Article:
Russia in numbers and facts. Geography, territory, climate, Russian Federation, Political system, Population and language
WELCOME TO RUSSIA
Stereotypes and symbols of Russia
Foreigners have lots of wrong stereotypes about Russian life. Maybe they were started by the French novelist Alexander Dumas, Senior, who happened to travel about Russia. In one of his books, the author of The Three Musketeers described how he had had a rest «under a branchy cranberry-plant». It's not clear how he managed to crawl under it, since it is not a tree but a tiny bush and grows only in marshes. Since those old days, "branchy cranberry" has formidably established itself in the Russian language as a synonym for incompetence and superficiality of judgment.
It is hardly worth saying today that contemporary life in Russia has very little to do with playing the balalaika amidst matrioshkas and samovars, or wild rushing in sleighs driven by troika (three horses harnessed abreast) along the streets where bears supposedly wander. All these stories are just myths for naive tourists. Much is especially told about Russian hard drinking. Well, undiluted vodka - chilled but without ice - has been a favourite alcoholic drink in Russia since time immemorial, but it can be explained by our severe climate. Having been frozen in winter, you would have such a drink as gladly as we do. And though the Russians do know how to go on a spree, there is an old proverb: «Drink you may - but don't forget your business».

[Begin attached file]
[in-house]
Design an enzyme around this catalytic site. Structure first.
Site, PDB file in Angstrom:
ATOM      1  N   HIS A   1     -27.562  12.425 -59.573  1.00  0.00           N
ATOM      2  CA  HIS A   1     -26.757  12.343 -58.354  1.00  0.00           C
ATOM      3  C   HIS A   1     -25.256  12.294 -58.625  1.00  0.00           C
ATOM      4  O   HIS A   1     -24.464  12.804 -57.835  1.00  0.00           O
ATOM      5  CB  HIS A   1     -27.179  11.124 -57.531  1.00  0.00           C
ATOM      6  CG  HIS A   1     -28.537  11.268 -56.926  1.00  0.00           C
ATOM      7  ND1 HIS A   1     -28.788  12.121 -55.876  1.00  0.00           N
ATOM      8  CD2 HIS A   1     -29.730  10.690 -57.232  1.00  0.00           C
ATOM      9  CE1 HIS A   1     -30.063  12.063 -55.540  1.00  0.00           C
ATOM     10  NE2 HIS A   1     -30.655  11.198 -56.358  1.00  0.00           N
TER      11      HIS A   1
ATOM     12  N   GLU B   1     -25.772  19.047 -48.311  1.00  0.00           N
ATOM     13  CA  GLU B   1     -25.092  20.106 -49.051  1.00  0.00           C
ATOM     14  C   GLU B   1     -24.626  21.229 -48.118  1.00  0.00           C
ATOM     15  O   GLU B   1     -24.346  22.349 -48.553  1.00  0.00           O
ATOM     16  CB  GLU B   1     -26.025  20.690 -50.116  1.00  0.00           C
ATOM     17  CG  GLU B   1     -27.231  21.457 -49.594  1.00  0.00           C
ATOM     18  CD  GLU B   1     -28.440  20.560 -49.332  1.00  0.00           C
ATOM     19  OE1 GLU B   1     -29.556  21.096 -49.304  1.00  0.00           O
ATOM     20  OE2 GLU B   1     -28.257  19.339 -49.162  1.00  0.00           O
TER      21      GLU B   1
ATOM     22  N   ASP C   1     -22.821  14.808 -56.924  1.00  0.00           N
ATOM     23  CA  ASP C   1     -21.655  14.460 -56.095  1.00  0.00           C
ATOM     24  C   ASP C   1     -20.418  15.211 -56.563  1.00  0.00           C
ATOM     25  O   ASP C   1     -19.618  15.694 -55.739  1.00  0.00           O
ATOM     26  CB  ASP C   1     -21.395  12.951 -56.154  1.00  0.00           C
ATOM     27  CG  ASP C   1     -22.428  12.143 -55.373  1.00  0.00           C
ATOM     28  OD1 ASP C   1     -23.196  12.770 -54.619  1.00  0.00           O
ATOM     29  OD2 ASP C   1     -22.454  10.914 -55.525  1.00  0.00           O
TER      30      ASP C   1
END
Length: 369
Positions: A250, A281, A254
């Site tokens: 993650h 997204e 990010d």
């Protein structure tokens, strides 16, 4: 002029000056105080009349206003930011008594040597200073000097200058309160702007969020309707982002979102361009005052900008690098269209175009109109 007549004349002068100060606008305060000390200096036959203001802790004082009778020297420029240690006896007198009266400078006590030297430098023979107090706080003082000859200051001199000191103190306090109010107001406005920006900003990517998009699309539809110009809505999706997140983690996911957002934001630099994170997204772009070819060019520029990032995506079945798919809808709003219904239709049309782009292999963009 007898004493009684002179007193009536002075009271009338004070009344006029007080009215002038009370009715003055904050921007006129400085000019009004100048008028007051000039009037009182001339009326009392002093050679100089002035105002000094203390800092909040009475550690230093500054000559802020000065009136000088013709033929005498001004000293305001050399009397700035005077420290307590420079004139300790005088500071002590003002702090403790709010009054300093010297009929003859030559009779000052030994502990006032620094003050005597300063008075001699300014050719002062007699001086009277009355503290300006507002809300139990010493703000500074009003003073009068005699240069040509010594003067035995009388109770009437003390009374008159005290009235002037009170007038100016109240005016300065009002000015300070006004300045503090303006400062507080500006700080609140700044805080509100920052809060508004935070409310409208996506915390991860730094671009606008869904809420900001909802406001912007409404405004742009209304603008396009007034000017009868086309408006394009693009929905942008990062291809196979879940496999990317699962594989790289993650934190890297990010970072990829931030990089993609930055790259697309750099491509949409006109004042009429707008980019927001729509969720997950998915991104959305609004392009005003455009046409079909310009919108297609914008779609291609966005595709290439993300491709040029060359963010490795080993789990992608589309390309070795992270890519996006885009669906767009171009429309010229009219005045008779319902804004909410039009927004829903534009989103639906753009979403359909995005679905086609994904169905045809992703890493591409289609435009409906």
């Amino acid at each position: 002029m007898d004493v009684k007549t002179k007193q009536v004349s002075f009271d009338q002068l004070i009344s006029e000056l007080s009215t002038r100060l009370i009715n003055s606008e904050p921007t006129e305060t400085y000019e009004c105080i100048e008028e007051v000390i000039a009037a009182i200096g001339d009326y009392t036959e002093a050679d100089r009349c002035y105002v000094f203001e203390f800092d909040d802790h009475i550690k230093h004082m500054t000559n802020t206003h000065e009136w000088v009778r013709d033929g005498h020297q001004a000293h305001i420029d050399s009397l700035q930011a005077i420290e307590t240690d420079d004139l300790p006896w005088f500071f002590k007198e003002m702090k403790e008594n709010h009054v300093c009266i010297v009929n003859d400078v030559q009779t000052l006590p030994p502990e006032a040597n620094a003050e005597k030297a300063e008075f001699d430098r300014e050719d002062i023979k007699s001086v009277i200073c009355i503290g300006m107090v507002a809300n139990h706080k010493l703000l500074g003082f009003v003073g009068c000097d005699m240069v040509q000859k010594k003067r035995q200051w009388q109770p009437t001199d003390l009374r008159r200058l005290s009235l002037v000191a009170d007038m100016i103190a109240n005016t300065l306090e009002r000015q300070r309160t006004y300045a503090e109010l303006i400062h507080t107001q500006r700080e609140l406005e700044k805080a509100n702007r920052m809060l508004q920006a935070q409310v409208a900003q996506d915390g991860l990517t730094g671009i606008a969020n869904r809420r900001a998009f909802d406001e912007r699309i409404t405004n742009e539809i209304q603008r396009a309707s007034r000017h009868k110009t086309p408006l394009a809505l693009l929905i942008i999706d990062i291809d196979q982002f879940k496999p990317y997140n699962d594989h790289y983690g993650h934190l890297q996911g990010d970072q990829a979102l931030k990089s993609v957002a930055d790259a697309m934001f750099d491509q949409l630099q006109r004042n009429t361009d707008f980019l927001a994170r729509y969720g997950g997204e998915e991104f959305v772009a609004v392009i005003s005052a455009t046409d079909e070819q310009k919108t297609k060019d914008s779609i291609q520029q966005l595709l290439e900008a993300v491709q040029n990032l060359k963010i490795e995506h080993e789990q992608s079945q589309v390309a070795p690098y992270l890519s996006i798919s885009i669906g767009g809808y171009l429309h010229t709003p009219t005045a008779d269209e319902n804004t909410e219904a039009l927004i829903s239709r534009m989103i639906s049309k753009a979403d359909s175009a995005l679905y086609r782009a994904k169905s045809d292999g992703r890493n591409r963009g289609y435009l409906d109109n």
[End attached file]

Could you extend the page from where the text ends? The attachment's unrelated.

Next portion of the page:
Russia is the coldest country in the world; in most regions winter lasts for four to five months, and in the North - ten. Even in Moscow, which is situated in the middle belt, frosts of about 30 degrees are rather frequent. That is why Russians wear the famous fur hats called «ushanka» to protect one's ears («ushi»); foreign tourists gladly buy these hats as souvenirs. For the majority of the guests from abroad, huge snowdrifts in the streets of Russian towns seem sort of exotic - they have only seen such quantities of snow at mountain-skiing resorts. But for the Russians their severe climate is a problem, a very serious one even if habitual. Much effort and money is spent on heating houses and stripping streets and roads of ice and snow, and one must have a lot of warm clothes. But summer in most of Russia is amiable - warm and sunny.
Foreigners sometimes repeat an old joke: there are no roads in Russia - only directions. Certainly, there are territories in our boundless country where not only will you not see any roads but you won't even see any population. Even though very much has been changing recently in the settled regions - roads have been or are being built - gigantic distances can still be felt. For example, letters might travel for weeks; and even the Express-Post works not so fast as in Europe.
«By reason, Russia can't be got...» These words were uttered by Fyodor Tutchev, a Russian poet, in the 19th century; but you could rather agree with him even today. Russia is inscrutable. She may only be sensed. But for that you must come into Russia, see Russia, travel around Russia...
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